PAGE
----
Maggie Thatcher: The Portvoller Years.

13 04 2013

In all the publicity surrounding the demise of Margaret Thatcher (as she was officially known), little has been said about the true beginnings of her political career, right here on the Isle of Lewis.

This isn’t surprising; Her rise up the ranks of the Conservative party in the 1970s, fuelled by a potent cocktail of free market economics and little Englanderism, would have stalled instantly if it had been revealed that she was no grocer’s daughter from Grantham at all – but was born a Rubhach and served throughout the 30s and 40s as the Portvoller councillor for the Point Socialist Liberation Front, a hard-left Trosgyist party.

Margaret Thatcher was born Magaidh Macsween in a leaky black house on the road to Tiumpan Head lighthouse. The custom in these days was to remove the sooty straw from the roof every year for compost and replace it anew, but Magaidh’s old man was a lazy bleigeard who never bothered. The house was usually several inches deep in rainwater, and the family and livestock were permanently stained black by sooty water running through what was left of the roof.

Thus did Magaidh’s father acquire the ironic nickname “Thatcher”, which was duly passed on to the rest of the family, along with a deep-seated hatred of all things wet.

Magaidh’s interest in politics began at an early age, and after studying chemistry at the window of Kenny Froggan’s she got elected to Ross & Cromarty County Council’s Portvoller seat in 1929. At that time the Point Socialist Liberation Front was led by music-loving bachelor sailor and non-churchgoer Tormod Heathen. Thatcher despised Heathen’s centrist politics and his decision to take Point into the Communion Market – a trans-village agreement that allowed the free movement of scones and caorans between districts during the orduighean, but gave all Portvoller’s fishing rights away to the Scalpachs.

Thatcher soon engineered Heathen’s overthrow and took over as Chairman of the Central Committee of the PSLF. Almost immediately she began to privatise Portvoller’s ailing state-run industries and make massive cuts in government spending. Inflation and interest rates rocketed, the economy nosedived, and she looked certain to lose the 1933 elections.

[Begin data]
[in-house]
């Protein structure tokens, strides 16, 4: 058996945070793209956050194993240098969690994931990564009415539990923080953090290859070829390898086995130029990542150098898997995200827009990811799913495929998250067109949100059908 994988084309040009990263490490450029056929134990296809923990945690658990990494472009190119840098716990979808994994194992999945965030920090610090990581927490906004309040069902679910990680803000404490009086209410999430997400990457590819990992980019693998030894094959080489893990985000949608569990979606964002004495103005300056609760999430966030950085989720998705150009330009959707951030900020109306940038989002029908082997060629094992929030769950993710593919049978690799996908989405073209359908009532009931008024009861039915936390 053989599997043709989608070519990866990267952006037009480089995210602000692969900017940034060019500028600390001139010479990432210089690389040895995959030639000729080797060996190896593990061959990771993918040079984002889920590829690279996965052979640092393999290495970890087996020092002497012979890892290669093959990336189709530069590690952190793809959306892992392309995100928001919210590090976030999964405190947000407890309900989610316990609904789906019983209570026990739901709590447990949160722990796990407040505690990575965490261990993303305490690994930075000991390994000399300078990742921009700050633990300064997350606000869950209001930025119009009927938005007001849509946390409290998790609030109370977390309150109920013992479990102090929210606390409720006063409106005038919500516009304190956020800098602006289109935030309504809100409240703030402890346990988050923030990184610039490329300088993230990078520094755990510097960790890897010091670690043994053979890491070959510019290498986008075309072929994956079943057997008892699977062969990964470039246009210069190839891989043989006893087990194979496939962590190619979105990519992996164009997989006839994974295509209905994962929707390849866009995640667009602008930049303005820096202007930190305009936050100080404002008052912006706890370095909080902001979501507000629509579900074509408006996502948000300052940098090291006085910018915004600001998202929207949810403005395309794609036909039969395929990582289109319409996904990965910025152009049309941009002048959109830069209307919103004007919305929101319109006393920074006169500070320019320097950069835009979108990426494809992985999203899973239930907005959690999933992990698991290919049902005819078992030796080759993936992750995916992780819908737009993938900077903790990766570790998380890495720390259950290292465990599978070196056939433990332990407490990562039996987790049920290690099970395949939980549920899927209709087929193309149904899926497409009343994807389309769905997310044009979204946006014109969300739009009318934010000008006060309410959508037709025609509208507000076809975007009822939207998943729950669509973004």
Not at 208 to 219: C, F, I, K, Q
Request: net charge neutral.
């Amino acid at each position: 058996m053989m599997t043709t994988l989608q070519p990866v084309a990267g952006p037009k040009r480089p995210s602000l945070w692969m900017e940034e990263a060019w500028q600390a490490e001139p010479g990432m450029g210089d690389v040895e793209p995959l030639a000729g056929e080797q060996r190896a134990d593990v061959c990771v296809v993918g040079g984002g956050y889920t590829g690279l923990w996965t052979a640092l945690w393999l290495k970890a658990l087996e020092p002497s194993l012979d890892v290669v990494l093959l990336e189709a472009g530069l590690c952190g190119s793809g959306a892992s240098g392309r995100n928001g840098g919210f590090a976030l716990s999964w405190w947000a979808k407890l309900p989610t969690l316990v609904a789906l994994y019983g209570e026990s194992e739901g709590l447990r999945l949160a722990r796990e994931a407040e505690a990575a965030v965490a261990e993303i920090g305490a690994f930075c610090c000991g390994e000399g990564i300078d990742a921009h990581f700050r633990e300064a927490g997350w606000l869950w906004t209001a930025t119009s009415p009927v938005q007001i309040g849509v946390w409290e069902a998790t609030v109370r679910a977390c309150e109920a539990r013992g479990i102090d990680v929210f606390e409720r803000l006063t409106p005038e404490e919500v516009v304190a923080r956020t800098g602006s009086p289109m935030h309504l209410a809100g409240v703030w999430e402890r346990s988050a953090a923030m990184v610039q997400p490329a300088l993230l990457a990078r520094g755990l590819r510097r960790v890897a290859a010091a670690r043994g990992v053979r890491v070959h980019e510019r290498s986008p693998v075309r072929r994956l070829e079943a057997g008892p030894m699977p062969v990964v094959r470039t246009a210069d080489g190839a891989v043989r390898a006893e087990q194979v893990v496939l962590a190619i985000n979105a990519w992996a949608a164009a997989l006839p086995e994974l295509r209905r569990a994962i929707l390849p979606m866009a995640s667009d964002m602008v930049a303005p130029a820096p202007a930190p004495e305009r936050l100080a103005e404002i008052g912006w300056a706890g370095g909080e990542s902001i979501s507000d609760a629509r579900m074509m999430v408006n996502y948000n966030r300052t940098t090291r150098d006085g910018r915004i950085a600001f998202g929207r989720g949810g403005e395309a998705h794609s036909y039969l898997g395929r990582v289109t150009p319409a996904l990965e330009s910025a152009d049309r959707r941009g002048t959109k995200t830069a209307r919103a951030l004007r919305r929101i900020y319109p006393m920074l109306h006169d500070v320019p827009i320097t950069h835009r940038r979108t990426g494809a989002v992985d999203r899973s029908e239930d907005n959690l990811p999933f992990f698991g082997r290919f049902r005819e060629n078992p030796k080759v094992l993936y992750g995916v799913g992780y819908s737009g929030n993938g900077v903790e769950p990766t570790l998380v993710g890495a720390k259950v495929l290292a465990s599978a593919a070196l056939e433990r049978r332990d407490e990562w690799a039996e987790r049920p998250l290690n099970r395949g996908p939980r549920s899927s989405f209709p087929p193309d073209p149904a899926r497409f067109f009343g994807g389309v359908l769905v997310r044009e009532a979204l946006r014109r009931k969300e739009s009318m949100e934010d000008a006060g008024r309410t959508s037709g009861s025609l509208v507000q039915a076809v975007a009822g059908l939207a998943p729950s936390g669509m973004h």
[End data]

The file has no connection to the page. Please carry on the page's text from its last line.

But then came the invasion of Bayble Island by forces from Achmore. The Achmoreteenians had always wanted a coastline like other villages, and had been making claims on various islets and bits of shore for years, which nobody ever took seriously. But now their economy was on the verge of collapse due to the failure of their fishing fleet and their shipbuilding industry, and the populace were discontented. The Achmoreteenian dictator General Leodhaspoldo Garynahinetieri decided to distract the people with an invasion, certain that the Rubhachs would back down and leave him looking tough as fleek.

But Thatcher wasn’t so easily intimidated. A task force of three fleekeen hard coves from Seaview Knock and an angry ram was assembled and dispatched from Bayble pier in a rowing boat, After several minutes of heavy fighting the Achmoreteenians surrendered and the Point flag was raised once more over the island. The war boosted Thatcher’s popularity immensely and the Point Socialist Liberation Front won the 1933 election against a divided and ineffectual Liberation Socialist Front of Point (Continuing) and its ageing duffel-coated leader D*nny Foot.

Thatcher’s next target was Portvoller’s powerful National Union of Peatcutters and their demagogic leader Arthur Suardail. In the face of Thatcher’s plans to close a large number of the village’s peat banks, Suardail called the union out on a strike that lasted for fleekin ages. Suardail hoped to bring Point to its knees and overthrow Magaidh by cutting off the supply of peat, the main source of power for the Lewisian economy (and in some parts of Point, the main currency).

Suardail organised gangs of peatcutters to stand in a line at the end of every peat-track to stop tractors taking the peats home. This strategy proved to be an effective tool, as many tractor drivers took one look at the line and thought ‘Fleek it’ it and went off to the Macs. This ‘Fleek it line’ eventually became a common sight in industrial disputes across the land.

Unfortunately for Suardail, Magaidh had arranged for cheap peats to be rowed across Broadbay from Tolsta, so the anticipated peat shortage never materialised. The strike slowly fizzled out and the Peatcutters returned to work. Sadly the Point peat industry never regained its share of the market and the union movement lost its best darts players.